Police said Kufner and Hall had been dating, and investigators believed Kufner may have been pulled the trigger.  Hall’s father said his daughter was murdered.
During a vigil Saturday night, Hall’s father said she recently broke up with Kufner, and began dating another man.  The father said Kufner broke into their house Friday night, found the new boyfriend’s number on their caller ID and harassed him.
When Hall came home with her friend, Michelle Karpowicz, to change her clothes, Hall’s father said Kufer came from the side of the house and shot her in the head.  Karpowicz said Kufner was muttering, then shot Hall in the chest.
Karpowicz says Kufner took a shot at her, before turning the gun on himself.  Hall’s friends were obviously stunned, and tried to cope with the tragedy.  “This was a shock,” said Travis Graham, a friend of Hall’s. “I just saw her Thursday, said hello, and she was so happy. Didn’t come to school Friday. Just found out today that she died.”

Hall’s mother told the Daytona Beach News Journal that Kufner would not take no for an answer, and refused to accept that Natasha had broken up with him three months ago.  The mother claimed Kufner physically abused Hall, and her family tried to press charges twice.  

Most RecentMost Recommended Comments (5)

recommend This comment thread is now closed


  • flight737

    flagged this story as Good Stuffat 13:36 on May 15th, 2008  

    CJaye, I like this story. It’s good stuff

  • CJaye

    at 07:05 on May 17th, 2008  

    Thank you, I know the story is a couple of months old.  I’ve come to know the mother of Natasha and this is an awful story of teen dating violence.  Not only that how the Deland Florida Police Department handled the situtation.  This could of all be prevented if handled propertly and not treated like they were being bothered by the family each time they called for help.  I wonder if Officer McNeil is still on the depeartment or is she telling other young teens “if they call the police again she throw them in jail”.  I was under the impression the police were to “PROTECT & SERVE”  Thank God I live where I know if I call the police they will come without threats.
  • CJaye

    at 07:38 on September 26th, 2009 


    Yesterday Ms. Hall  got a call from a teen dealing with teen dating violence in DeLand Florida. I wont get into details. She went to the court house they told her she needed to go to the DeLand P.D. Ms. Hall  told her they are right she needs to go the DeLand P.D press charges on her boyfriend for stalking. The DeLand P.D told her there is nothing they can do for her.  Does any of this sound like another case just recently? The teen was crying felt no one was helping her. Then she told them she talked with Natasha Hall’s mother. Then all of a sudden they changed their minds pressed charges on him went and arrested him. Will DeLand P.D ever learn?  Her life was in danger and DeLand P.D still doing nothing.  Does it take two more teens dying for the police there to realize these teens need help to protect themselfs from this kind of violence. Ms. Hall has a group meeting with the Domestic Abuse Council this month, I hope together they can make changes.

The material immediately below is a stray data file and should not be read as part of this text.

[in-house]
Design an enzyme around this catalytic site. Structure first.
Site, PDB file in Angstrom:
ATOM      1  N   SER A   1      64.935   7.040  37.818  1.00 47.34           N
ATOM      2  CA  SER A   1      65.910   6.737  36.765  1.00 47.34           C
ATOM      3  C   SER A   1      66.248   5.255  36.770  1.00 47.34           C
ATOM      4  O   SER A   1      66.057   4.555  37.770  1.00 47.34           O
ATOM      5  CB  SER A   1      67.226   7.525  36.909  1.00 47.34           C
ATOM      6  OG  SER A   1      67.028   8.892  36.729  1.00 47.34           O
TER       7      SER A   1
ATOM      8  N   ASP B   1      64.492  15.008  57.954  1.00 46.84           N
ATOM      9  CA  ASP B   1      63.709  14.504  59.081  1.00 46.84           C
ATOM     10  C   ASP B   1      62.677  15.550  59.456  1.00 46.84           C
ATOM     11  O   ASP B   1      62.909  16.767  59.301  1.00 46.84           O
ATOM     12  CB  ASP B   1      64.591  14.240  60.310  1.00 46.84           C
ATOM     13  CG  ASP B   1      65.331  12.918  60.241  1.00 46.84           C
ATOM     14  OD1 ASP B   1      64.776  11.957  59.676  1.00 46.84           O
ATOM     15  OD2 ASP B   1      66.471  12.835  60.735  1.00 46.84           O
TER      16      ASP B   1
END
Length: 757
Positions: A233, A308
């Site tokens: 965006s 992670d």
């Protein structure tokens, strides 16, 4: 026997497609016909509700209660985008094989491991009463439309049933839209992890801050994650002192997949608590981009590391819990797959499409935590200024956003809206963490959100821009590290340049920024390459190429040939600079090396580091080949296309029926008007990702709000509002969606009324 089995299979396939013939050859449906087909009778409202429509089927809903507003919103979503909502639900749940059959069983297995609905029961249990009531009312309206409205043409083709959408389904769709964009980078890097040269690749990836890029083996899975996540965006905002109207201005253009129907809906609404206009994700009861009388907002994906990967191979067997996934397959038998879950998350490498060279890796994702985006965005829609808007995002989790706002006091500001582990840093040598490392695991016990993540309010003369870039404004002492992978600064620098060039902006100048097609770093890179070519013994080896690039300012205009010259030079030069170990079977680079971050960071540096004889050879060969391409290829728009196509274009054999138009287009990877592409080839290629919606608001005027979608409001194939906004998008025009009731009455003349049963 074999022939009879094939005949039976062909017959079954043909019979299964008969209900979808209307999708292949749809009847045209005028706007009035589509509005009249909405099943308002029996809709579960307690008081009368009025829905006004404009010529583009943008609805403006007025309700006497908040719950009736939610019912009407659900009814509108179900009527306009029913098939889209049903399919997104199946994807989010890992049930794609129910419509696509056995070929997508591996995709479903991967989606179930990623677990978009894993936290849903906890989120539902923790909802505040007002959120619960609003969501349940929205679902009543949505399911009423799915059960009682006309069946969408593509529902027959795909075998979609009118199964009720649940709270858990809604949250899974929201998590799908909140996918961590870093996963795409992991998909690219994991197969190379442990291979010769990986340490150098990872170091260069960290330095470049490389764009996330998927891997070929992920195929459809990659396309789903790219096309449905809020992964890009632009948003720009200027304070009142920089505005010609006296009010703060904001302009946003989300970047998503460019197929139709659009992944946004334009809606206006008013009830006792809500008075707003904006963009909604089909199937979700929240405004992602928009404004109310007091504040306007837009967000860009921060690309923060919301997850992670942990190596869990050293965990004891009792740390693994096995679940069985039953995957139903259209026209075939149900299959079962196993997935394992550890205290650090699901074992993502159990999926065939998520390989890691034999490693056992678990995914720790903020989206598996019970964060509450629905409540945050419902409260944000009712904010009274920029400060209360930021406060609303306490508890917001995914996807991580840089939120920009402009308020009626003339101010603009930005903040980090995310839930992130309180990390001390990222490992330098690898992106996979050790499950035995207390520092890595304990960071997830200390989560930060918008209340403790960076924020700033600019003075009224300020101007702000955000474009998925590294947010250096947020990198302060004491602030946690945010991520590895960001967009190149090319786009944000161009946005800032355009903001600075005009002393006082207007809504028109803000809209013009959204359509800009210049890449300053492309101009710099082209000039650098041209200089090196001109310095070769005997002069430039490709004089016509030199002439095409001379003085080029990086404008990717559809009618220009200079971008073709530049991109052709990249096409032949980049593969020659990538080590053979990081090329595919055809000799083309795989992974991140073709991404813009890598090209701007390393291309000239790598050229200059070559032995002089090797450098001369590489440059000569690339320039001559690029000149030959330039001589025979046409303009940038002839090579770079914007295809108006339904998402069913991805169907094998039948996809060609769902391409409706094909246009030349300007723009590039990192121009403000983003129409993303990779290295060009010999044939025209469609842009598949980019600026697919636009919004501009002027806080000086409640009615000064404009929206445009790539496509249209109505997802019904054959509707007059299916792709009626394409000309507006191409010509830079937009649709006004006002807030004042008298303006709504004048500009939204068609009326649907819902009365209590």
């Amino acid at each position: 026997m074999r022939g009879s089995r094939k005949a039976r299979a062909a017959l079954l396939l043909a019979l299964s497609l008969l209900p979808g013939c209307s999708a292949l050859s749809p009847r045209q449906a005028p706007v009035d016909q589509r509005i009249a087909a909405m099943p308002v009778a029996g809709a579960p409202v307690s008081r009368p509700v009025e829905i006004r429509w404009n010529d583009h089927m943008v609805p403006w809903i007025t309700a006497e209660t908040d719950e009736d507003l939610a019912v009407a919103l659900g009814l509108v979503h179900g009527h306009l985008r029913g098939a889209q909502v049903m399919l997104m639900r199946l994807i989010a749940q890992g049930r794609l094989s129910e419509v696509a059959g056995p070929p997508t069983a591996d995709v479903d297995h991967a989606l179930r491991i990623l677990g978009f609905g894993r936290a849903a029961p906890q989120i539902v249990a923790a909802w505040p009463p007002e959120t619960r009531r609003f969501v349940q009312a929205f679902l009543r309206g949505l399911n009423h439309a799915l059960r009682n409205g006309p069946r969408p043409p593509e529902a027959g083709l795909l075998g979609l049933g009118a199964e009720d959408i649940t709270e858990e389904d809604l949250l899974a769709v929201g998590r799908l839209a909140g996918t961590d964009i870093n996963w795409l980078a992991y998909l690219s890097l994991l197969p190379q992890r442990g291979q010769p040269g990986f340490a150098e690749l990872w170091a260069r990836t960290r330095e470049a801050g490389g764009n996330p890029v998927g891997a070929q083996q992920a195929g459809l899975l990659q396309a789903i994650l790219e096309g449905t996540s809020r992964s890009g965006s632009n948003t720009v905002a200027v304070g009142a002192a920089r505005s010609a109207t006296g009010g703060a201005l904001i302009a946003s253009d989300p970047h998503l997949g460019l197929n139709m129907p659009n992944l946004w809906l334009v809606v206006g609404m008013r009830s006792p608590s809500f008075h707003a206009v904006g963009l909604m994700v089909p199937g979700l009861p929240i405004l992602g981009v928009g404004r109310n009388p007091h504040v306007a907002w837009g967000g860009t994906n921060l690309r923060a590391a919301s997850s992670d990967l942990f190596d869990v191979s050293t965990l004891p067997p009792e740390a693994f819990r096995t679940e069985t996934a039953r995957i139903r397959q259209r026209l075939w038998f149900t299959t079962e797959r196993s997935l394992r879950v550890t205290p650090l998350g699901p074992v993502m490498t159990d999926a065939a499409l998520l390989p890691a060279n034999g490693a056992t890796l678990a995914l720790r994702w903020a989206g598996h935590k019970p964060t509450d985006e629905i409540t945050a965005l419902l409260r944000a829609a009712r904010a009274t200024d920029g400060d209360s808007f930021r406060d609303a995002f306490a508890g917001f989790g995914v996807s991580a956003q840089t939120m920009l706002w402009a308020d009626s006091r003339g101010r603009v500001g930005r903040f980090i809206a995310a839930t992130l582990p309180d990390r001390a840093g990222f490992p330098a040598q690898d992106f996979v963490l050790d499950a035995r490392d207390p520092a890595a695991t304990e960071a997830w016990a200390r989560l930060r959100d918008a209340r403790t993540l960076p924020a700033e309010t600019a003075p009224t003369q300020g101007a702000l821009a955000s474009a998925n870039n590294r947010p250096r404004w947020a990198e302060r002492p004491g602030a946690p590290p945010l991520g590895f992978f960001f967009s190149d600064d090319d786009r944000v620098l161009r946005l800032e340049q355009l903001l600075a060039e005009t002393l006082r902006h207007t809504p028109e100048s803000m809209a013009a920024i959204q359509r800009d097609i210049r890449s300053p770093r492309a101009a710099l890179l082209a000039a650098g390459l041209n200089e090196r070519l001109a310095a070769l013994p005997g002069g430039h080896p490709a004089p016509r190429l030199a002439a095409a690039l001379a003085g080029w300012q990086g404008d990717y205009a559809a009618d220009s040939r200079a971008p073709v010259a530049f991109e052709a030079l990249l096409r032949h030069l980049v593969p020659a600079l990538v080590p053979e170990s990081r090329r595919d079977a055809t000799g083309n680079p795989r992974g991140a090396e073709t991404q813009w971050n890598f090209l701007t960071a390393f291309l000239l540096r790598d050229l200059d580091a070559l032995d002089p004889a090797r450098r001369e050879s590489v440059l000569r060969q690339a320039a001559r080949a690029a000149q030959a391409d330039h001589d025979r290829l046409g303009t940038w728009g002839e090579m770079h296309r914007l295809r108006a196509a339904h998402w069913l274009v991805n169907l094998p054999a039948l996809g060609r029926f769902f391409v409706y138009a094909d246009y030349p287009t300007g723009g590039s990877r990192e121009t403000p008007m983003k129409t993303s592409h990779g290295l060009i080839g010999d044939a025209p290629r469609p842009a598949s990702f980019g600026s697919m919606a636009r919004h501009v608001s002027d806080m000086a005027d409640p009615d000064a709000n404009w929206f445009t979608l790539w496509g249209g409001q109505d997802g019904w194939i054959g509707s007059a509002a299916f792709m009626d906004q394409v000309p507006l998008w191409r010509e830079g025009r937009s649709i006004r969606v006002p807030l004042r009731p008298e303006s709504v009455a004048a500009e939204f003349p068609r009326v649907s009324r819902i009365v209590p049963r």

Albert Milliron

  • Albert Milliron

    flagged this story as Good Stuffat 07:45 on September 26th, 2008  

    CJaye, I like this story. It’s good stuff.  I have had the problem with empty fields, I seem to do better with Firefox browser.  

  • CJaye

    at 09:38 on September 26th, 2008  

    Thank you for the info and the flag 

    This story was created over 3 months ago, the comment thread is now closed.

    Natasha Hall, 17, was interested in journalism. Though because of a violent ex-boyfriend Daniel Clayton Kufner and what can only be described as disgusting police misconduct, she’ll never have the opportunity to write.The DeLand police chief,the individual responding officers,and the police department and the city of DeLand,FL need to be investigated for their responsibility in contributing to the murder of Natasha Hall. They need to be held accountable for their actions. Remember Natasha Hall!
    Published in: on June 30, 2010 at 7:31 am  Comments (1)  
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    Iraqi Child Sex Slave? Welcome to Prison!

    Iraqi prisons are filled with young girls. Some of them were jailed for having relatives with ties to terrorist groups. Others have been charged with crimes ranging from petty to serious. But among the population of Iraqi girls in prison are victims of child sex trafficking, sold into prostitution against their will. In Iraq, imprisoning victims too often passes for justice.

    One of those girls is 15-year-old Zenia. Two years ago, her father took her to Syria to visit her grandfather. But when they arrived, Zenia learned that this was no average family trip. Her family had brought her to Syria to sell her to a sex trafficker, who took her from Syria to the United Arab Emirates. There, Zenia was forced into prostitution.

    Distraught and desperately looking for a way to escape, Zenia fled her captors and contacted the police in the UAE. Sure, prostitution is illegal in both the UAE and Iraq, but Zenia was just a child forced into it against her will. Surely the police would understand?

    They didn’t. Zenia was unceremoniously deported to Baghdad. And when she arrived, her reward for summoning the courage to escape slavery, to protect herself from abuse, and notify the police about criminal activity, was rewarded with a two year prison sentence. Apparently, in Iraq, this passes for justice.